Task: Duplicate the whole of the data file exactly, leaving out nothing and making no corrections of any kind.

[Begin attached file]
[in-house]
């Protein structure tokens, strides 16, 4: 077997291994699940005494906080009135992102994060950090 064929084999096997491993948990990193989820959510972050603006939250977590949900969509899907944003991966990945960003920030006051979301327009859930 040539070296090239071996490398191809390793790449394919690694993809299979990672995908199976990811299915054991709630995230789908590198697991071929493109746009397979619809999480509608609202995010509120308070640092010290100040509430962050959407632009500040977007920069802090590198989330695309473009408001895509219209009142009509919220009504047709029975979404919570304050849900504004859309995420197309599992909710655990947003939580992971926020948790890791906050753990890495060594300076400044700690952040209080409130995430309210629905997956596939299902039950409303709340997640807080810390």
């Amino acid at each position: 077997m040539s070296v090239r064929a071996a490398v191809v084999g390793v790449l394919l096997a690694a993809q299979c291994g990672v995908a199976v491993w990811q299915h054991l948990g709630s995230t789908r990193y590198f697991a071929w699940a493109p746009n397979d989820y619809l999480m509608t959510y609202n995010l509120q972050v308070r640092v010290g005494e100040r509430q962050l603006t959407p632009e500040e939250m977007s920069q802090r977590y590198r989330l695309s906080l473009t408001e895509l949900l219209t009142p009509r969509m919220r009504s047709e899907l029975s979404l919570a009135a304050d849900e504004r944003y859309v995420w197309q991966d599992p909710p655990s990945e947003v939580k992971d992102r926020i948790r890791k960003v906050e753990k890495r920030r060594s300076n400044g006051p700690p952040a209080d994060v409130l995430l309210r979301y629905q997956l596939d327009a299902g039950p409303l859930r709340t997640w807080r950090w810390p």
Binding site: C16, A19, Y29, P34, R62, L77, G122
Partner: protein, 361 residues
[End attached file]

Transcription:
[in-house]
């Protein structure tokens, strides 16, 4: 077997291994699940005494906080009135992102994060950090 064929084999096997491993948990990193989820959510972050603006939250977590949900969509899907944003991966990945960003920030006051979301327009859930 040539070296090239071996490398191809390793790449394919690694993809299979990672995908199976990811299915054991709630995230789908590198697991071929493109746009397979619809999480509608609202995010509120308070640092010290100040509430962050959407632009500040977007920069802090590198989330695309473009408001895509219209009142009509919220009504047709029975979404919570304050849900504004859309995420197309599992909710655990947003939580992971926020948790890791906050753990890495060594300076400044700690952040209080409130995430309210629905997956596939299902039950409303709340997640807080810390």
């Amino acid at each position: 077997m040539s070296v090239r064929a071996a490398v191809v084999g390793v790449l394919l096997a690694a993809q299979c291994g990672v995908a199976v491993w990811q299915h054991l948990g709630s995230t789908r990193y590198f697991a071929w699940a493109p746009n397979d989820y619809l999480m509608t959510y609202n995010l509120q972050v308070r640092v010290g005494e100040r509430q962050l603006t959407p632009e500040e939250m977007s920069q802090r977590y590198r989330l695309s906080l473009t408001e895509l949900l219209t009142p009509r969509m919220r009504s047709e899907l029975s979404l919570a009135a304050d849900e504004r944003y859309v995420w197309q991966d599992p909710p655990s990945e947003v939580k992971d992102r926020i948790r890791k960003v906050e753990k890495r920030r060594s300076n400044g006051p700690p952040a209080d994060v409130l995430l309210r979301y629905q997956l596939d327009a299902g039950p409303l859930r709340t997640w807080r950090w810390p």
Binding site: C16, A19, Y29, P34, R62, L77, G122
Partner: protein, 361 residues